Business Development and Technology Officer, WaterWatch Cooperative
Data to Decisions
Every day, smallholder farmers around the world must look out at their fields and make crucial decisions that could drastically affect their livelihoods. These farmers will also play a critical role in meeting the ever-growing food production needs of our planet. Waterwatch Cooperative’s mission is to make essential information about weather, water supply, and crop conditions more easily available to farmers and other players in the agri-food value chain. It does so by developing information services for farmers and others in the agricultural value chain based on earth observation data (geodata). Localized and timely information enables smallholder farmers to increase yield and income whilst reducing the use of pesticides, fertilizers and water.
The majority of the 475 million smallholder farmers (82% of all farmers worldwide) live in Asia, Africa and Latin America. They grow food for their own families and for the local market but many also grow cash crops such as coffee, cocoa, tea, cotton, fruits and vegetables and spices. They are confronted with changing and severe weathers, soil degradation, pest and diseases and limited access to information about the weather, their crops and the use of good agricultural practices. Many of them are trapped in a vicious circle of poverty and young people decide to leave the land.
Providing them with essential advice on what to grow, when to grow, and how to grow, allows them to make better business decisions and build a better life for themselves and support local communities. Not only for the farmers themselves, but the AgriFood sector as a whole benefits from this Digital Transformation. Many in the AgriFood sector realize that, in order to feed the world in 2050, the sector must change. Food will become traceable from ‘field-to-fork’. Smart farming will be carried out as part of a circular economy and within a healthy eco-system that nurtures our planet.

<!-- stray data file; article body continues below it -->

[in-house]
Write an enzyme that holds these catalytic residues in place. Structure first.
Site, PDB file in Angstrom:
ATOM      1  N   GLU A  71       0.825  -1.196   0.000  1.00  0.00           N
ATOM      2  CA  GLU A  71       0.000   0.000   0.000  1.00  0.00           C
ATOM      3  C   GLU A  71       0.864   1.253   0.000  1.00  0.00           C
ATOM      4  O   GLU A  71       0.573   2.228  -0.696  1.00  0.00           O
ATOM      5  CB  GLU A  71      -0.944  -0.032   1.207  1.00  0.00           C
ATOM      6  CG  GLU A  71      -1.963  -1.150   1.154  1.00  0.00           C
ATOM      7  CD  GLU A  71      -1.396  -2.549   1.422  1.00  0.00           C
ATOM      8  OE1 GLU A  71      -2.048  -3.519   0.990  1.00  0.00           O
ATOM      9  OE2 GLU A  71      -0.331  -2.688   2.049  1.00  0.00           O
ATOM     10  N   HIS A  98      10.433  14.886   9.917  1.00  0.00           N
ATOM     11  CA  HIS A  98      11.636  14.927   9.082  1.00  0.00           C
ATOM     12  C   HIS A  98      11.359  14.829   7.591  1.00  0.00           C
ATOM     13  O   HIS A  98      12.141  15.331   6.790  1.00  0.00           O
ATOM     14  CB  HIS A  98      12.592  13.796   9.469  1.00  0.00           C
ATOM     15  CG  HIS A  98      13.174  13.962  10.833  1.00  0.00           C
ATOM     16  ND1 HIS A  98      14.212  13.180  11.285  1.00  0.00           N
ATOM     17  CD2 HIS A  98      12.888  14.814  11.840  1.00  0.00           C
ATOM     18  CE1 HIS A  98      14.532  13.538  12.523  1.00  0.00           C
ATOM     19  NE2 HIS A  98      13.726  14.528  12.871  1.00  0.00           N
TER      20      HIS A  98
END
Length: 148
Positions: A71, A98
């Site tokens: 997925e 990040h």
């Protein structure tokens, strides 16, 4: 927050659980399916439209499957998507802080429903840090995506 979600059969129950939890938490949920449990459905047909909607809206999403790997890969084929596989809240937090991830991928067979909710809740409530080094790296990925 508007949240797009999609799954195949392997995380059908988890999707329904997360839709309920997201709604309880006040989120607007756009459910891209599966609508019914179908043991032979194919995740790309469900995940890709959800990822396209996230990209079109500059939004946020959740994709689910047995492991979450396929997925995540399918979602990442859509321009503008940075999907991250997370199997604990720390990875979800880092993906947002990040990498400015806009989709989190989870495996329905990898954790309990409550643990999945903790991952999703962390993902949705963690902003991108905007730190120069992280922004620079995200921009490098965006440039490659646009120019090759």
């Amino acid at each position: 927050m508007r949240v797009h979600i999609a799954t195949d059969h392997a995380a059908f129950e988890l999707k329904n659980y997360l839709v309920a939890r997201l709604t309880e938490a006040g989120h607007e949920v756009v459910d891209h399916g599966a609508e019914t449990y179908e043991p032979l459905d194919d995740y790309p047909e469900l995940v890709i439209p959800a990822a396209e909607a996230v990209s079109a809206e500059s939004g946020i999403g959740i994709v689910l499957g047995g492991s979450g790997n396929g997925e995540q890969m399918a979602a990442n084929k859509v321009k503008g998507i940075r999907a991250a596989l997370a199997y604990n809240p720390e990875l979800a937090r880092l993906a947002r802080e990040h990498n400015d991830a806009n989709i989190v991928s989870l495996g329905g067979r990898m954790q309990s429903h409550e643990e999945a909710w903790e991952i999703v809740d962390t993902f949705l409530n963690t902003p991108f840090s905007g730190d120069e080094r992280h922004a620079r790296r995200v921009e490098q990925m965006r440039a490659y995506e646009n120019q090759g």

Using satellite data in agriculture has major advantages. However the adaptation of such data and technologies in a way that it becomes relevant, attainable and affordable is a major challenge.
Working with SAP and using SAP® Cloud Platform, Waterwatch developed the Crop Disease Alert app. The app was developed in the Runlive Truck of SAP Netherlands at the Global Forum for Innovation in Agriculture (GFIA) in Utrecht. The app combines two essential data-elements: a location-based weather forecast and algorithms on 13 crops and 35 different crop diseases. With the app, farmers receive an alert on upcoming crop diseases and are able to take timely measures. The Crop Disease Alert app is the first mass-market app. The current web version of the Crop Disease Alert is used by 3000 farmers in the Netherlands. At present, the mobile app of the Crop Disease Alert is tested with farmers in Kenya and Burundi. The Crop Disease Alert is projected to be used by 1 million farmers by 2019.